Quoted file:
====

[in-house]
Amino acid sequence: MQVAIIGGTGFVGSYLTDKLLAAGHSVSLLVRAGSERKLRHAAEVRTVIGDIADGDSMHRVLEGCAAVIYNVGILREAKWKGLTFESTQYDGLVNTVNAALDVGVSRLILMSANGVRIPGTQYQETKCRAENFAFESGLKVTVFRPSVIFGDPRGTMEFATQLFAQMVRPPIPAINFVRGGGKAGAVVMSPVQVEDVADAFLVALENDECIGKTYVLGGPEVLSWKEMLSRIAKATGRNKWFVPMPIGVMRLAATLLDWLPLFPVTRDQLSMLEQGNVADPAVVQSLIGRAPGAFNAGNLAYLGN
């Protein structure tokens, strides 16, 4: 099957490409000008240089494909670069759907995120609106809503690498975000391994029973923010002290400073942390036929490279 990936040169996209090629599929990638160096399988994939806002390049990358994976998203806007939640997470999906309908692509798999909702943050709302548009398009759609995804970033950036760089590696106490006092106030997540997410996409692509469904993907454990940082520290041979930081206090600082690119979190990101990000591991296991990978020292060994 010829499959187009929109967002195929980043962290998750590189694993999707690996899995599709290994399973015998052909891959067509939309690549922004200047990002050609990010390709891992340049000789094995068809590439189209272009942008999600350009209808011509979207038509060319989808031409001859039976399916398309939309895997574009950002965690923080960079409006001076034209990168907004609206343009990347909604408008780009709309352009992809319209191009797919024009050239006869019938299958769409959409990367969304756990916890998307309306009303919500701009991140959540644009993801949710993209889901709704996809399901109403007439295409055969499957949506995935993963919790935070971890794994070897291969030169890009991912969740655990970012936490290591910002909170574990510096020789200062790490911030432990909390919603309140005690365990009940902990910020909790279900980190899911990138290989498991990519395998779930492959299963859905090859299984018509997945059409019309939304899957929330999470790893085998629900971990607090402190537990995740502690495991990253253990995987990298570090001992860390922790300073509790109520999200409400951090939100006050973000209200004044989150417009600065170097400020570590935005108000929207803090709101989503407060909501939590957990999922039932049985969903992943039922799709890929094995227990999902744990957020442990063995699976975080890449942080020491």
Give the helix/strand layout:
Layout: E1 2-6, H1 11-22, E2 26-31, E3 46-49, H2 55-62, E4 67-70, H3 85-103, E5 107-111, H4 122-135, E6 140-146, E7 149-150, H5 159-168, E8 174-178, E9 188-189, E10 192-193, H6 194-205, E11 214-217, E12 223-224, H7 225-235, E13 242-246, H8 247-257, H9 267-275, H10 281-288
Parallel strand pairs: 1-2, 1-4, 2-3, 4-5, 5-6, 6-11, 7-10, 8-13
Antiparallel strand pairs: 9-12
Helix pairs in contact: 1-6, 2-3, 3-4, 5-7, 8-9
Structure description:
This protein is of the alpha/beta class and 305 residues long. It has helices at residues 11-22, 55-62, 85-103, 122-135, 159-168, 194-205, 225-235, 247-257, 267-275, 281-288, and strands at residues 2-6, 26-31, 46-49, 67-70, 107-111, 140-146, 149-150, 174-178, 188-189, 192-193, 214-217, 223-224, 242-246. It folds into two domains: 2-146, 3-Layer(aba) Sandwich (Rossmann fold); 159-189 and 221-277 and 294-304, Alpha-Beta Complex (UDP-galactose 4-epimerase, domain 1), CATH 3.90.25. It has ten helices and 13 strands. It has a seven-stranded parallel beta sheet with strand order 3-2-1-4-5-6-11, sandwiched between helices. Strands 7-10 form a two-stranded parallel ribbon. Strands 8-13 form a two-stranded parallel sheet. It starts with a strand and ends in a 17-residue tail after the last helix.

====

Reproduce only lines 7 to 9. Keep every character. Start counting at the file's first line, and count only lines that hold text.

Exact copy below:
Antiparallel strand pairs: 9-12
Helix pairs in contact: 1-6, 2-3, 3-4, 5-7, 8-9
Structure description: